Potential evapotranspiration depends greatly on local climate and vegetation distribution conditions, and is important in studying the cropland and basin hydrological circles. The current study provides a detailed comparison of the performances among three dual-source evapotranspiration models, including the layer model, the patch model and the hybrid model, in estimating and partitioning potential evaporation and potential transpiration under different hypothetical vegetation distribution conditions. The layer model ignores the difference of energy fluxes between under- and inter-canopy soil; while the patch approach assumes a full radiation loading for both the canopy and inter-canopy soil and ignores the evaporation from under-canopy soil surfaces; The hybrid model is a combination of the layer and patch models, and adopts the layer approach to partition available energy between canopy and soil and uses the patch approach to calculate energy fluxes. As a result, both under- and inter- canopy soil evaporation were estimated and distinguished in the hybrid model. In simulation scenarios, the height of vegetation was assumed to be 5 m with canopy leaf area index of 2 and minimum stomatal resistance of 170 s/m. The bulk surface leaf area index (LAI) varied from 0.5 to 5, and fractional vegetation coverage (Fr) varied from 10% to 100%. The vegetation clumpy patterns were quantified by fixing LAI while varying Fr. The climate data was obtained from the Linhe meteorological station located in an arid region in central Inner Mongolia of North China. The results indicated that both the patch and hybrid model performed reasonably well in estimating potential evapotranspiration under homogeneous vegetation distribution conditions. However, the layer model tended to overestimate potential evapotranspiration, as it generally gave higher potential evaporation estimates. The overestimation in potential evapotranspiration by the layer model was increased with the increase of Fr and the decrease of LAI. On the contrary, the patch model had a tendency to underestimate potential evaporation, especially with high Fr and low LAI. For heterogeneous vegetation distribution conditions, potential evapotranspiration estimated from the layer model was generally higher than that given by the patch and hybrid model, particularly with low Fr. Potential evaporation (potential transpiration) from the layer model increases (decreases) with the increase of LAI. However, both variables from the layer model did not change with changes of Fr. In contrast, potential transpiration estimated from the patch and hybrid model was increased with the increase of both LAI and Fr. Potential evaporation from the patch model was increased with the increase of Fr, but kept relative constant under various LAI conditions, while potential evaporation from the hybrid model was increased with the decrease of both Fr and LAI. The above results suggest that the layer model may give reasonable potential transpiration estimates over homogeneous vegetated surfaces, while the patch model is more suitable for surfaces with lower fractional and clumped vegetation cover. By contrast, the hybrid model performs better than both the layer model and the patch model, which can be used to estimate potential evaporation and potential transpiration partitioning for a wide range of surfaces with different vegetation distribution patterns.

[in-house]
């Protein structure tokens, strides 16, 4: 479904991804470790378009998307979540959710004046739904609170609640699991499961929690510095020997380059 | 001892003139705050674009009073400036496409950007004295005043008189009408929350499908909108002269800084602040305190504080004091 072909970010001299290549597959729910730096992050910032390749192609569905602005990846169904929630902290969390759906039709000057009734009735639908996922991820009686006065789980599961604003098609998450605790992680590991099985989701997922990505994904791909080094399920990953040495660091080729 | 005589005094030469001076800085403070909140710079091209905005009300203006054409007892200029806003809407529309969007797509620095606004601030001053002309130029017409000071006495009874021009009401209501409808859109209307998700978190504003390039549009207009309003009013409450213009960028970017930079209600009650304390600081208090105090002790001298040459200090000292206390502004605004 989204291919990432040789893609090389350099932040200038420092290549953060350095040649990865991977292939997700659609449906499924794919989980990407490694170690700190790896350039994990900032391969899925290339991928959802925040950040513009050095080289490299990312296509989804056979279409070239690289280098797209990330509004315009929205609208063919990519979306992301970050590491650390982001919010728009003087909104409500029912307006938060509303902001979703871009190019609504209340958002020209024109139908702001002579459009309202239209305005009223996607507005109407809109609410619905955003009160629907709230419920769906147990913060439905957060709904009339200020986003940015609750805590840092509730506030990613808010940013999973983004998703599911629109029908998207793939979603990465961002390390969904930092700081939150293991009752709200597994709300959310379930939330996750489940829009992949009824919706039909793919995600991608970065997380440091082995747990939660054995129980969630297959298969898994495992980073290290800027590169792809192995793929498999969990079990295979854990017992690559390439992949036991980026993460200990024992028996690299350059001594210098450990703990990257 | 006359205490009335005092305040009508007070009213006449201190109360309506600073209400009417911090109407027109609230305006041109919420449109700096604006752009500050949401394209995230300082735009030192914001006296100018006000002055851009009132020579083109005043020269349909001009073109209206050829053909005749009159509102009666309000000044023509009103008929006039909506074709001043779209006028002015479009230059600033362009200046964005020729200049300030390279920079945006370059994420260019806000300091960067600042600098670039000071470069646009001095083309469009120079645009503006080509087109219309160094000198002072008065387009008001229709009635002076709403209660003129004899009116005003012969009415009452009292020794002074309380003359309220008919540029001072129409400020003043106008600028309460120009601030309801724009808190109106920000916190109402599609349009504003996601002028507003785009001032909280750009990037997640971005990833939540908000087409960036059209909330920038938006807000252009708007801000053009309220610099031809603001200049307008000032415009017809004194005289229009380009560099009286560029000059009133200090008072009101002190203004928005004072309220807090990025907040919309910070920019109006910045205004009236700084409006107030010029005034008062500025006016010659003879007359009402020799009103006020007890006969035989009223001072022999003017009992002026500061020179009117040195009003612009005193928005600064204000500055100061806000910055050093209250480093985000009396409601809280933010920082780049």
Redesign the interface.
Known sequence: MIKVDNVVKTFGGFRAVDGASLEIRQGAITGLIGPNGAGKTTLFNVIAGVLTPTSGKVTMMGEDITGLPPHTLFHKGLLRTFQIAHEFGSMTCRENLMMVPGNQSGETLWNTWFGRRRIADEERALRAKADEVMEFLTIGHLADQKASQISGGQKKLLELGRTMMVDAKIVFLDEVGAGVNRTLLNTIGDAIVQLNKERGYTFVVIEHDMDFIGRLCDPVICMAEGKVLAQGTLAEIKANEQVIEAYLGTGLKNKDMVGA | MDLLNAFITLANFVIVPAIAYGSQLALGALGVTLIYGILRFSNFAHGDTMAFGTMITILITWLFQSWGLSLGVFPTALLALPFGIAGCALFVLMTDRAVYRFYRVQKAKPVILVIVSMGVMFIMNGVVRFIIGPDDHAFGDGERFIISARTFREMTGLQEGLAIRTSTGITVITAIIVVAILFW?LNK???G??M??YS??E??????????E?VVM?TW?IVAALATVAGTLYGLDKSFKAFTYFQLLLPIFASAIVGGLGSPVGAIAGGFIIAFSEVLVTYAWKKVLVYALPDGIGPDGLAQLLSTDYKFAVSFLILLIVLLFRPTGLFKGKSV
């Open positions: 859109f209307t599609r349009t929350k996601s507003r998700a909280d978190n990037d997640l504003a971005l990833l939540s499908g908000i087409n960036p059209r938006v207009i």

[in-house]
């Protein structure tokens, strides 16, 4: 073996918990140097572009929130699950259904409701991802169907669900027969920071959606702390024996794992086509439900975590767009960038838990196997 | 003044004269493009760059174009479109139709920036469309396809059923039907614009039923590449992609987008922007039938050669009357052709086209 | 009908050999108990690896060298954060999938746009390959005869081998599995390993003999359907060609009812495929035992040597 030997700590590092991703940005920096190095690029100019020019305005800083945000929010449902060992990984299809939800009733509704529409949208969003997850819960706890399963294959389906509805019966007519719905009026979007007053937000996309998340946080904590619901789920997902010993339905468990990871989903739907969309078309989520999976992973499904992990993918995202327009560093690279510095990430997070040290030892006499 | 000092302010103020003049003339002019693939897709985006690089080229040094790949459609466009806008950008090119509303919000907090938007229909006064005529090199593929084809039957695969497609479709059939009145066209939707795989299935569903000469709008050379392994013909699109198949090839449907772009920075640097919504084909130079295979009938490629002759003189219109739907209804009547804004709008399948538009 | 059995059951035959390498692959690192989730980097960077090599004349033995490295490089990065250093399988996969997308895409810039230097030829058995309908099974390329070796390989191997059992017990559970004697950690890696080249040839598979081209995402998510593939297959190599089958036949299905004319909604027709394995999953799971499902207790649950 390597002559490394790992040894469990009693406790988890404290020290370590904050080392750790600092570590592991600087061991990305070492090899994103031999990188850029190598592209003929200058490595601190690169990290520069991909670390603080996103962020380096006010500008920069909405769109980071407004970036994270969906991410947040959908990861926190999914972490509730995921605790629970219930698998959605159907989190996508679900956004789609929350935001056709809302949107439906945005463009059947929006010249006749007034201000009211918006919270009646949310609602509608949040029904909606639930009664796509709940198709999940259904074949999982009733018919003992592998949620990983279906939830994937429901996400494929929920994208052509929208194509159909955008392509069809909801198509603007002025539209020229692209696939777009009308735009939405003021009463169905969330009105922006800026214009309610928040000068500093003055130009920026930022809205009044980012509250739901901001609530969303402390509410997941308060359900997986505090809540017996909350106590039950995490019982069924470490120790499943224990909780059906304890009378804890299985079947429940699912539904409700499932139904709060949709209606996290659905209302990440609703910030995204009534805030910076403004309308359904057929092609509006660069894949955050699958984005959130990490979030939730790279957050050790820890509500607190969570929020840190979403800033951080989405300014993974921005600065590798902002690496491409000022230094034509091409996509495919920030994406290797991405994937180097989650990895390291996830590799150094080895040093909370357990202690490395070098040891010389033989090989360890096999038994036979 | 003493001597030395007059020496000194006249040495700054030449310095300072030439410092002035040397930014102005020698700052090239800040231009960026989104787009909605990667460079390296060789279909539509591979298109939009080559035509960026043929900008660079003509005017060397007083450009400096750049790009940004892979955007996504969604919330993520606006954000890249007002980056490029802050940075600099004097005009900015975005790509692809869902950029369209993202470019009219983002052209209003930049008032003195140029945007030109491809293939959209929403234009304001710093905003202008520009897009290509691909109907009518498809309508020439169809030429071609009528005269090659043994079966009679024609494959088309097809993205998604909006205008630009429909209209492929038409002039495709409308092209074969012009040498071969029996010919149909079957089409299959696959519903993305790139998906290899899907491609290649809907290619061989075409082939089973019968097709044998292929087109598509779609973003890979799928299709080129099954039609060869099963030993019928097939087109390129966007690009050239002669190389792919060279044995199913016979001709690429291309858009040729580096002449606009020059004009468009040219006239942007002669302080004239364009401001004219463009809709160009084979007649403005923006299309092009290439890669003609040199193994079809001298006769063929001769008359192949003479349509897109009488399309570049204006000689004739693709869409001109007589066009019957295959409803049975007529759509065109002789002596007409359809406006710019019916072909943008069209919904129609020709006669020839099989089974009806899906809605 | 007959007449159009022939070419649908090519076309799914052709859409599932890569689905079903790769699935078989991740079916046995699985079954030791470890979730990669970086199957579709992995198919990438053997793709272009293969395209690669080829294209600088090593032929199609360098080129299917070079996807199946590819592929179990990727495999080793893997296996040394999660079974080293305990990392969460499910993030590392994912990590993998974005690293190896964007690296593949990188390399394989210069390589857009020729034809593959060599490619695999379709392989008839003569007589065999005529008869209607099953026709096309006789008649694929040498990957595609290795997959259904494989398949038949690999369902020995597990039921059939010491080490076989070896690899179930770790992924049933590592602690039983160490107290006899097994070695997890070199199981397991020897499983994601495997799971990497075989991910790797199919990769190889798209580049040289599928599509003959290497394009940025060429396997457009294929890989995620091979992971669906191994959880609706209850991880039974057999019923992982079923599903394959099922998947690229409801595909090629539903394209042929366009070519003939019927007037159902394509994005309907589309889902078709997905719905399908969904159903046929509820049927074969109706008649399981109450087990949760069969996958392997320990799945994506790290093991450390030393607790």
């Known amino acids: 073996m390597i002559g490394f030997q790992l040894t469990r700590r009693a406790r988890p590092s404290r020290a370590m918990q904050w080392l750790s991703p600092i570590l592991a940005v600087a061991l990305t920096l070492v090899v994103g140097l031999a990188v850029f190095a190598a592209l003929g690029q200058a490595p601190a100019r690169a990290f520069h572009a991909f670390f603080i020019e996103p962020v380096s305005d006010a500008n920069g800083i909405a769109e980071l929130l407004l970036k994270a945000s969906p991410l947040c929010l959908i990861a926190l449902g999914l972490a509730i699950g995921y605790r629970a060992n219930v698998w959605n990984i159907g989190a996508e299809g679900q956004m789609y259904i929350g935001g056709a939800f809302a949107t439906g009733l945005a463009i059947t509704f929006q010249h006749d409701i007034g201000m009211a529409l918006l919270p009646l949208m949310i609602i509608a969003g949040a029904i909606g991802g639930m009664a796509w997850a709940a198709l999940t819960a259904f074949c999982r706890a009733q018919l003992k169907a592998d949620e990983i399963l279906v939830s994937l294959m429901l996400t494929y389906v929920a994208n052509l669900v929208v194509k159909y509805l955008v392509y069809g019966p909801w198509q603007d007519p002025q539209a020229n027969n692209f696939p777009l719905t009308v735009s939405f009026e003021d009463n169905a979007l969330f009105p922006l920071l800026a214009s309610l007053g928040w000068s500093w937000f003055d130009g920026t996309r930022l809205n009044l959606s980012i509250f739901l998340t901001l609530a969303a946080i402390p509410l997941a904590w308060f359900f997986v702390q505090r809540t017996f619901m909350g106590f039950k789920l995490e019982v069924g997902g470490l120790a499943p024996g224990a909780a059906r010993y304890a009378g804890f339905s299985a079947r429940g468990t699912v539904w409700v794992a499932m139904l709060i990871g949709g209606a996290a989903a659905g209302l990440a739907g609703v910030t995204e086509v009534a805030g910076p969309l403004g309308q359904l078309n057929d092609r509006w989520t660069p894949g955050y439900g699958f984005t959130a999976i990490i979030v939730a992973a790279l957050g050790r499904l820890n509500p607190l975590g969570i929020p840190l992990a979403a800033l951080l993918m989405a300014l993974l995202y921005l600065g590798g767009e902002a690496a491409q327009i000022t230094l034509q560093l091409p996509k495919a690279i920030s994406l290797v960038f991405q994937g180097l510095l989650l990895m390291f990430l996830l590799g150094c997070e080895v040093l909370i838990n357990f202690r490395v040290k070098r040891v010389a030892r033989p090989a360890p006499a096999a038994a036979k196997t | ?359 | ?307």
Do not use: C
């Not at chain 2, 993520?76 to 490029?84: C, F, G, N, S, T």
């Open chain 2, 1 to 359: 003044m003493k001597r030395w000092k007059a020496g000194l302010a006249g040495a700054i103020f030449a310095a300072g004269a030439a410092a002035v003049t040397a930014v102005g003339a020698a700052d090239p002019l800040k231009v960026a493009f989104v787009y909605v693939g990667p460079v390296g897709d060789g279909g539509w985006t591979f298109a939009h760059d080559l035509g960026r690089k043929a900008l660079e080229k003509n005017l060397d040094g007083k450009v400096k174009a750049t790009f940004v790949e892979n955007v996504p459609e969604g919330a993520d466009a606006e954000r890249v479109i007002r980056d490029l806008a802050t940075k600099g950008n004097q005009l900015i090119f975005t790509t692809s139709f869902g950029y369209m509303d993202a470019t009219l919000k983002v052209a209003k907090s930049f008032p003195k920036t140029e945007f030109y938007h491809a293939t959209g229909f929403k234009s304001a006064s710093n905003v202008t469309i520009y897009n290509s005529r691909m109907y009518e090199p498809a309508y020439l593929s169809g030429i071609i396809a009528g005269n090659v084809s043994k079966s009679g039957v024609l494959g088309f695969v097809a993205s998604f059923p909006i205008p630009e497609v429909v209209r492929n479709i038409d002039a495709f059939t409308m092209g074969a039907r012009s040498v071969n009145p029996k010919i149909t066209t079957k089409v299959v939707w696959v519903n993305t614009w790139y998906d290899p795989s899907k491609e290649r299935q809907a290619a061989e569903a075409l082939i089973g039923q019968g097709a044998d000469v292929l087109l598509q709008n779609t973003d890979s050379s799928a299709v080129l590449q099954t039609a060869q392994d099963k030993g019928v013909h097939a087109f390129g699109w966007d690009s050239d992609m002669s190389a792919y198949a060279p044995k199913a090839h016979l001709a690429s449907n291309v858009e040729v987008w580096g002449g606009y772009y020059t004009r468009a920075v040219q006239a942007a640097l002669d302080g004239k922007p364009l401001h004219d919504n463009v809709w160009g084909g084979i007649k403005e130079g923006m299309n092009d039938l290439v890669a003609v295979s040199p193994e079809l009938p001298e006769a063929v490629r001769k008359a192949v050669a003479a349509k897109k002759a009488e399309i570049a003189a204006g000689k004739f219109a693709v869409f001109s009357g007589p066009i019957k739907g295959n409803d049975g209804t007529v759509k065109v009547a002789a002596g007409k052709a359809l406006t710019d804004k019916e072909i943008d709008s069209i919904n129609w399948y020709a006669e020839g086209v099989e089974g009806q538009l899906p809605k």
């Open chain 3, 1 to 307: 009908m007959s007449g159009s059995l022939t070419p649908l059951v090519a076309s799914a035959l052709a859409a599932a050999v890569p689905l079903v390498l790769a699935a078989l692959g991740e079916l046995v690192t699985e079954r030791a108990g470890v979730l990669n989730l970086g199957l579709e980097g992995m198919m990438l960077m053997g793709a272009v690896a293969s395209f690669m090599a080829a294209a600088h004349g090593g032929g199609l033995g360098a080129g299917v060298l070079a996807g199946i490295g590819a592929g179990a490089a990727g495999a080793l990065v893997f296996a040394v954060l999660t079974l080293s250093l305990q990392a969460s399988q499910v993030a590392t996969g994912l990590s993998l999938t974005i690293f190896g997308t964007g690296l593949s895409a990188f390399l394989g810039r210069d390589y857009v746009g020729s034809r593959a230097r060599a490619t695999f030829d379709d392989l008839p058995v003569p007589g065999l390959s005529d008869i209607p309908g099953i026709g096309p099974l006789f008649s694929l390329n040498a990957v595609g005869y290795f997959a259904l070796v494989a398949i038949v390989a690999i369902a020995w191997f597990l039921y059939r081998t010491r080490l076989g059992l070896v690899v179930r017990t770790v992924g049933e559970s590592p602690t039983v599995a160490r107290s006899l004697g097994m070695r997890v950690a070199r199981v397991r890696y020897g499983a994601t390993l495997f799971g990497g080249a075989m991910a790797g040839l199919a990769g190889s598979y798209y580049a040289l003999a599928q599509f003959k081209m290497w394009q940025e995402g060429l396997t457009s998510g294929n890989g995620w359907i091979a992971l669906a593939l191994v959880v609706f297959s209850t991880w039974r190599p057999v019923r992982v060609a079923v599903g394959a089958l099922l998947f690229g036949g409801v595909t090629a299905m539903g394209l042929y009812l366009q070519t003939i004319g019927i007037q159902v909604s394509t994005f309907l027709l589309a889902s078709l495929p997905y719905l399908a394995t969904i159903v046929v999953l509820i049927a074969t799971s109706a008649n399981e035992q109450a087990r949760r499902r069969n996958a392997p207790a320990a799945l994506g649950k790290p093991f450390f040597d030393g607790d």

|Number of pages||7|
|Journal||Transactions of the CSAE|
|Publication status||Published - 2012|